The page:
The stage following childhood is adolescence. Adolescence is the transitional stage between puberty and adulthood. This is the stage of physical and psychological development. The teenage years generally coincide with adolescence. Adolescents perhaps present the greatest challenge in the task of parenting. This is because adolescents start to develop their own identity and they want to be seen as individuals in their own right and not as the children of their parents. The time adolescents spent with their peers, will increase at the expense of the time they spend with their parents. Parents need to treat adolescents as young adults for reasons described above and build a relationship of trust with them. Parents have the responsibility of guiding the adolescents to take decisions that constructively use their freedoms instead of those that abuse their freedoms.
Parenting does not end when the child becomes an adult or when the child turns 18 or 20. Children may need their parents’ support in their adulthood also, which could mean financial and emotional support. Parents are competent enough to give advice and provide guidance even to their adult children. At this stage, parents may become grandparents, which is another major milestone in their life. Taking care of a grandchild might not be as involved as parenting but still there are many similarities. There might be role reversal when parents become too old or too weak to take care of themselves and their children, who are now adults, can become their caregivers.
Parenting and Education
Parent involvement in education is crucial. No matter their income or background, students with involved parents are more likely to have higher grades and test scores, attend school regularly, have better social skills, show improved behaviour, and adapt well to school.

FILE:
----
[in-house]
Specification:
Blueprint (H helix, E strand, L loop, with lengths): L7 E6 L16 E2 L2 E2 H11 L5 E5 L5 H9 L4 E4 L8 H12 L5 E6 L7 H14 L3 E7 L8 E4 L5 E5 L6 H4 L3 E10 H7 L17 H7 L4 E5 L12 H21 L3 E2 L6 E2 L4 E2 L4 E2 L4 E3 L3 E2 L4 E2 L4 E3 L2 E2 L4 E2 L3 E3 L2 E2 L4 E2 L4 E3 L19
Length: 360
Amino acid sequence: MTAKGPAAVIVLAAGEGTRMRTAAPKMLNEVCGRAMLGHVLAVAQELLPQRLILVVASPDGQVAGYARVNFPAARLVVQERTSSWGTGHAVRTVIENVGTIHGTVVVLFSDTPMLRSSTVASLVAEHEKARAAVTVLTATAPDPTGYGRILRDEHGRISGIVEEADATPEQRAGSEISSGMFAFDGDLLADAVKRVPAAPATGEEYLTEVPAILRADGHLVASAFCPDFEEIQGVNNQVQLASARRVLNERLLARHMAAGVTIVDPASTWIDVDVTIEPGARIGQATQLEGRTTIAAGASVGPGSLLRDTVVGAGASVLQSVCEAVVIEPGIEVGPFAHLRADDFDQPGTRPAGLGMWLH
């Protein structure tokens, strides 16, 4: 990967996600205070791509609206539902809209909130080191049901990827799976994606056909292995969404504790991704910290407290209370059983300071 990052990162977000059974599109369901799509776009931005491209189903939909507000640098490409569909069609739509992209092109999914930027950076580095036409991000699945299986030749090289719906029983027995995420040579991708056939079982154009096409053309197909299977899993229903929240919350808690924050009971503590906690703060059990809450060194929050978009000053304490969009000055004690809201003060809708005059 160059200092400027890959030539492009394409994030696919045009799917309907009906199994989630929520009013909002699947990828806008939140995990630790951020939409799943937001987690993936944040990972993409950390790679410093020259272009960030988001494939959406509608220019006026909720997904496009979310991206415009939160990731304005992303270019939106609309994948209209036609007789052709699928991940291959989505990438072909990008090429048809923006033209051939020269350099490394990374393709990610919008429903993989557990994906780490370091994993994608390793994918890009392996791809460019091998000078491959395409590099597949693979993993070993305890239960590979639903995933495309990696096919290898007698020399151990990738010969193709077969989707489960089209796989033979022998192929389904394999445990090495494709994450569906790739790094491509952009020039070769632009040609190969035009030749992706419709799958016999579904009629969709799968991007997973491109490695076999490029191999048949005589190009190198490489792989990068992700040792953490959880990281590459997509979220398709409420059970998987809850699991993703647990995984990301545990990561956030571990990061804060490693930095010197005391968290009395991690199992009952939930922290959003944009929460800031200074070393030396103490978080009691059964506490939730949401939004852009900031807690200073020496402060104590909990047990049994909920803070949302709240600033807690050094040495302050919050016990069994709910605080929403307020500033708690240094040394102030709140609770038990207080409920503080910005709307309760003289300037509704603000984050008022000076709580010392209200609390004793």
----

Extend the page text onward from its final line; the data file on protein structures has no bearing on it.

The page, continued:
– National Coalition for Parent Involvement in Education (NCPIE). 2006. Research Review and Resources.
That good parenting is important for children’s education and for them to excel in academics and co-curricular activities, cannot be overemphasized.
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How can parents be encouraged and helped to more actively participate in their children’s schooling? Education expert Joyce Epstein, a professor at the Johns Hopkins School of Education, has developed a framework facilitates this. She divides types of parent involvement into six categories:

  1. Parenting

The most important way parents can support their children’s education is by providing a healthy home environment. Parents may need to attend parenting workshops to help them in this task. For example, parents are advised to encourage the reading habit in their children by reading to and in front of their children.

Pandit Jawaharlal Nehru’s letters to his daughter Indira Gandhi when the former was in jail for fighting for India’s independence from the British, and the latter was a 10–15 year-old child show how parents can teach and inspire children. The letters speak about world history, science, geography, evolution, etc. and most importantly about how to be a good human being and a great leader. Needless to say, for Indira Gandhi, her father Nehru was a University. Nehru’s letters to his daughter tell us about the importance of parenting in education and how parents can help in making children, future leaders.